He also said states have written laws vague enough to encompass changes in the synthetic drug formulas. But the challenge there is broadening the ban without affecting compounds that scientists may discover have legitimate uses, he said.

From The Daily Sentinel:

As the list of synthetic drugs continues to grow each day, workers at Highlands Medical Center and the facility's Occupational Medicine Center want employers to be aware of the dangers and ways to check for them.

"For an employment drug test, many employers check for the basic drugs, like marijuana," said Johnny McCrary, director of Highlands Occupational Medicine Center. "We want employers to be just as aware of the synthetic drugs too."

Dr. Barry Logan, the National Director for Forensics and Toxicology Services at NMS Labs, recently spoke during a synthetic drug awareness seminar held at the Education Center of Highlands Medical Center.

During his discussion, Logan shared the similarities between marijuana and synthetic marijuana, and also bath salts and methamphetamines. While the drugs have many of the same side affects, their chemical makeups differ slightly, making it hard to distinguish on a regular drug test.

"Right now our labs are working to develop drug tests that will catch these synthetic drugs, however, there are so many different variations of them that it's been a difficult task," Logan said.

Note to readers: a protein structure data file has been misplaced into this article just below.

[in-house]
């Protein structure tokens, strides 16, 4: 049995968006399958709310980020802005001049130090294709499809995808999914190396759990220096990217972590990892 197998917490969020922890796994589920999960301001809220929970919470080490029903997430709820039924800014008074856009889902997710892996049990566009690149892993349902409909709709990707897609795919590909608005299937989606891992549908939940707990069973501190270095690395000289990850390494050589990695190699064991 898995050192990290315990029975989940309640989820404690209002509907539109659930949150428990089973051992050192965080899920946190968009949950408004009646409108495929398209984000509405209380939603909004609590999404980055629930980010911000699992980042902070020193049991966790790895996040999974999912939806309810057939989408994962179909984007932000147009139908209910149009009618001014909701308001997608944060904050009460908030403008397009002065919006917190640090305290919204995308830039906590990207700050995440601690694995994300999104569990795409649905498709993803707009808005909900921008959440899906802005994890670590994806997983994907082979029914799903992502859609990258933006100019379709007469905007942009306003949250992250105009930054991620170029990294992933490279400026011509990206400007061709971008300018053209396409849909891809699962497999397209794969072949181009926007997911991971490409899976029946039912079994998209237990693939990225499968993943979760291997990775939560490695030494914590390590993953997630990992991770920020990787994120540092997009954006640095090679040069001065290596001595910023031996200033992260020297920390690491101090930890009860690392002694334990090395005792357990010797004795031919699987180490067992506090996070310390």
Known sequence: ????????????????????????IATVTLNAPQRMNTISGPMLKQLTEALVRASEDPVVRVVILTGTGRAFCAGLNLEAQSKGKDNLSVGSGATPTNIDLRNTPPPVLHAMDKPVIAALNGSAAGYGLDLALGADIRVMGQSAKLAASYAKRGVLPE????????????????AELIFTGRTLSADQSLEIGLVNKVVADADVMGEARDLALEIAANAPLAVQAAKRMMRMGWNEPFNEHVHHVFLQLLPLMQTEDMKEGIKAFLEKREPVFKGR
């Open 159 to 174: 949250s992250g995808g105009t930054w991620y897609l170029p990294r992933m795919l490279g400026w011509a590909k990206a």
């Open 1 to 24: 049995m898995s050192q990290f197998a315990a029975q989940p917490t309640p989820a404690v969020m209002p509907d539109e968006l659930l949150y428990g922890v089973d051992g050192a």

Toxicology patterns and information from drug to drug changes daily, Logan said.

Was Demi Moore Smoking K2 Spice Before Seizure? Drug Expert Weighs In

From Radar

Demi Moore’s frantic 9-1-1 phone call has shed more light on the night she had a seizure and was rushed to the hospital, and it may have also revealed the substance that she was smoking.

As previously reported, a friend of Moore’s can be heard on the call explaining to the operator: “She smoked something, it’s not marijuana, it’s similar to incense. She seems to be having convulsions.”

A likely possibility is that Demi was smoking K2 Spice, a “currently legal herbal incense product spiked with powerful designer drugs” that don't show up in tests, according to WebMD. spoke with addictions specialist Dr. Phil Dembo, who said judging by the description on the 911 call, he believes Moore was smoking K2 Spice, which is currently legal in the U.S. but under investigation by the Drug Enforcement Agency.